Author Topic: Question about tracing circuits  (Read 279 times)

matmosphere

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Question about tracing circuits
« on: May 06, 2021, 05:15:21 AM »
Does anyone have a good resource for tips getting started with tracing circuits. I have a fairly complex pedal that is working and a schematic that is close but not correct. I would like to see if I can figure this one out.

Some kind of tutorial? I figure my multimeter continuity tester will probably come in handy.

culturejam

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Re: Question about tracing circuits
« Reply #1 on: May 06, 2021, 07:33:35 AM »
I've done a fair bit of tracing in my day. I usually start by removing the PCB from the enclosure and photographing both sides of the board. Then composite the two images in Photoshop (or whatever) so you can see both sides at once. Make sure you keep the same distance to the board with the camera to make lining it up easier, but it will usually require some massaging to get it lined up. Then you can see pretty much all connections (except for traces on the top that run under an IC). Then just start drawing...or in your case, verifying with the schematic.

Here's an example that is on FSB but that nobody every actually traced:

matmosphere

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Re: Question about tracing circuits
« Reply #2 on: May 06, 2021, 10:05:27 AM »
Thanks CJ, that looks like a good place to start. Hopefully I manage to figure this out.

peAk

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Re: Question about tracing circuits
« Reply #3 on: May 06, 2021, 10:27:08 AM »
I've done a fair bit of tracing in my day. I usually start by removing the PCB from the enclosure and photographing both sides of the board. Then composite the two images in Photoshop (or whatever) so you can see both sides at once. Make sure you keep the same distance to the board with the camera to make lining it up easier, but it will usually require some massaging to get it lined up. Then you can see pretty much all connections (except for traces on the top that run under an IC). Then just start drawing...or in your case, verifying with the schematic.

Here's an example that is on FSB but that nobody every actually traced:


that was really cool idea!

Zerro

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Re: Question about tracing circuits
« Reply #4 on: May 06, 2021, 11:01:46 AM »
It is really ant's work. But there are ways how to make it easier. My "Two way, excluding" approach:

To simplify tracking, at first take red, blue and green (or another colors) alcohol marker-pen. Use them to track and assign along all lenght all PCB tracks which belong to ground (green color) and power (red for plus and blue for negative polarity) consoles. Carefully "paint" with those colors (or yours chosen colors) all those tracks. This will separate lines, which aren't important for circuit tracking now. Only note which circuits are powered by this, and at what pins. Pins at the upper side you can assing with those colors too, to have good orientation, where power and ground is.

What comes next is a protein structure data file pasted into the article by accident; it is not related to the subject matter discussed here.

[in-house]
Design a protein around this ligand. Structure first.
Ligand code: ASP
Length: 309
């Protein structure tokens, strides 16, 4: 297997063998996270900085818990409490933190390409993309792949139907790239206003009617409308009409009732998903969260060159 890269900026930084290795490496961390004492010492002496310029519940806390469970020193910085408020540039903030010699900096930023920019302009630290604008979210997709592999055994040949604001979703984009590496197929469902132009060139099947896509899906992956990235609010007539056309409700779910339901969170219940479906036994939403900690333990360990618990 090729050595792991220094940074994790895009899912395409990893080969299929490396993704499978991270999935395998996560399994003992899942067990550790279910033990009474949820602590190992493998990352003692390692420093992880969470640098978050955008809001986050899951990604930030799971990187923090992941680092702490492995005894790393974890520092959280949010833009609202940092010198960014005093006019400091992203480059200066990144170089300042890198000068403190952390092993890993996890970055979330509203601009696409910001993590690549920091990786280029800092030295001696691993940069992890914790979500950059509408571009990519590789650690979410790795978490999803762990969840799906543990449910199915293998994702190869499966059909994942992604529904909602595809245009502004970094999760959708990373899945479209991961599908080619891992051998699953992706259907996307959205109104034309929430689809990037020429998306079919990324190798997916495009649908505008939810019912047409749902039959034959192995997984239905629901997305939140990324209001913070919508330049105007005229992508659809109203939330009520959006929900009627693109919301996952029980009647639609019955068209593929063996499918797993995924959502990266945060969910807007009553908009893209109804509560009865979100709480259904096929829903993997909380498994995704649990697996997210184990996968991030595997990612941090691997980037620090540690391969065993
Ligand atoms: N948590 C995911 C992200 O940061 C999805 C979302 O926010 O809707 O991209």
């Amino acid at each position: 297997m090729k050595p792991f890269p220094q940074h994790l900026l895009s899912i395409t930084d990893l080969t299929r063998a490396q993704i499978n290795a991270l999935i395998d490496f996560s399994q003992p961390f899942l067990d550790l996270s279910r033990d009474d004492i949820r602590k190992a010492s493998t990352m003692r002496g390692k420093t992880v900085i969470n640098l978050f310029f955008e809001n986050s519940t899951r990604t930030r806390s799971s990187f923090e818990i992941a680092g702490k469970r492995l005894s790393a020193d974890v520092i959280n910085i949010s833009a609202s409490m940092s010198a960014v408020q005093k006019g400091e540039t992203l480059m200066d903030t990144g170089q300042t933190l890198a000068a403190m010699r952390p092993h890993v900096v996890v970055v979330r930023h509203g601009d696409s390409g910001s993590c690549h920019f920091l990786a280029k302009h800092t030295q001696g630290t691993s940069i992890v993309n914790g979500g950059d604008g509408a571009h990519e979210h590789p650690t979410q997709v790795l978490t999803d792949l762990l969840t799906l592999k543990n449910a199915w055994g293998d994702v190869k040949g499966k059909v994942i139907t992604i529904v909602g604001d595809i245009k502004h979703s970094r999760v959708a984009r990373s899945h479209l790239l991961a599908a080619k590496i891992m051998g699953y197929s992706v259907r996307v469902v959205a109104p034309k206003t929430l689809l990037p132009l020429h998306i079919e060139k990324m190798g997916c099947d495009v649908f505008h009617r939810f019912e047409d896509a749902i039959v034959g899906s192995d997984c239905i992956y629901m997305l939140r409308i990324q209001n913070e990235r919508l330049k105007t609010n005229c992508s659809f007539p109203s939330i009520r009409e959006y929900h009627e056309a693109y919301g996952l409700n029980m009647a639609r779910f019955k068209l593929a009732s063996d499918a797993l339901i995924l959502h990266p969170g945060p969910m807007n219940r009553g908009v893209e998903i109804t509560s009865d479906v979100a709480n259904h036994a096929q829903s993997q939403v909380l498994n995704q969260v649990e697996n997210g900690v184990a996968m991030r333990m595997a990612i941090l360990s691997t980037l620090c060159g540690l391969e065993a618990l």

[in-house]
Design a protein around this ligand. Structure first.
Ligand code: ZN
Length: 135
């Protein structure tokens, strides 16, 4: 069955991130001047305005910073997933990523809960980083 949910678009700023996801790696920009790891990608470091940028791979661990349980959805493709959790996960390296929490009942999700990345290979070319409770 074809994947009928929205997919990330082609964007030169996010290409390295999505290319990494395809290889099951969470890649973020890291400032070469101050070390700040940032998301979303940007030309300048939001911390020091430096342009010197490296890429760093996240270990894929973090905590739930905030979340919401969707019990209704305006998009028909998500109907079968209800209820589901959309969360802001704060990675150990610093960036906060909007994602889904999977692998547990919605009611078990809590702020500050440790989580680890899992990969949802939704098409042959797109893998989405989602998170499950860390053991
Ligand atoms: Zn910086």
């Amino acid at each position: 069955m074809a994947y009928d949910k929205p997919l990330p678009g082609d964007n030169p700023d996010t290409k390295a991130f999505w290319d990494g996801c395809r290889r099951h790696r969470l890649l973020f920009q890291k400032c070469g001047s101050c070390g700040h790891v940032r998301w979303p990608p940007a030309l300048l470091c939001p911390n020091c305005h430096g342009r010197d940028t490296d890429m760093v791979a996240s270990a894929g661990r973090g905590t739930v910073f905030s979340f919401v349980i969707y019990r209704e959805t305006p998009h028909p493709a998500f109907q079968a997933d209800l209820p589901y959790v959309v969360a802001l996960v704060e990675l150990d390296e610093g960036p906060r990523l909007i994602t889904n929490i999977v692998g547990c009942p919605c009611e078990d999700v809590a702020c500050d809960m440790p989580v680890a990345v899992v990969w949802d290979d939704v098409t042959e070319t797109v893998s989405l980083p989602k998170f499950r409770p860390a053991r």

Now you can see that many of tracks are out of game for now, and start from input, and track signal and details around. All tracked paths and details, you already carried to the schematics, sing with another pen, for example blue pointed line at track side and blue point for details upstairs. Take care, if you didn't left any detail out! This way will separate all tracks and details you have already carried to the schematic. After it, you will have schematic, which you must consider now, about funcionality.

If it gives a sense :@), redraw it to the nice-looking form, and do back-control of all PCB now, from schematic you made. All paths and details, you have controlled at PCB now, re-draw with red pen in your schematic. This is very usefull way, how not to forget for any track and details, which you have assigned at the first stage!

Now, do it the same way for power branches. You will get schematic for powering your "vehement", and you can again do back-control. All signs you made in pravious stages, except power lines (it will stay usefull for some future probing), you can erase now with alcohol cloth. In my praxe, when I made PCB, I always assigned power lines with colors.

That's all.
« Last Edit: May 06, 2021, 11:44:11 AM by Zerro »
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Lubdar

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Re: Question about tracing circuits
« Reply #5 on: May 13, 2021, 11:47:06 PM »
Great suggestions!
I would add that it helps to have a general idea of what the circuit is doing, sometimes this can be obtained from the manufacturer notes. If anything it helps with realizing where things are going. If the description says there is a bridged T filter in there, you should end up tracing one (ahem...)

Maybe I'm hard headed (no.. I know I am :) ) but I usually just start tracing and drawing a "schematic" at the same time using graph paper and my multimeter, usually on different parts of a page so that later on I can look at everything I've traced and see what makes sense, hoping for that Beautiful Mind cinematic realization.
 
Sometimes its not as easy to see, but most circuits use existing building blocks , so having a resource ready with the building blocks is handy too.

If anything else, designer building blocks are frequently re-used so if you can see a schematic for a previous project it helps with recognizing what an otherwise odd clustering of components and traces are supposed to be.


If anything trace and retrace. Take a break and come back to it.
(--c^.^)--c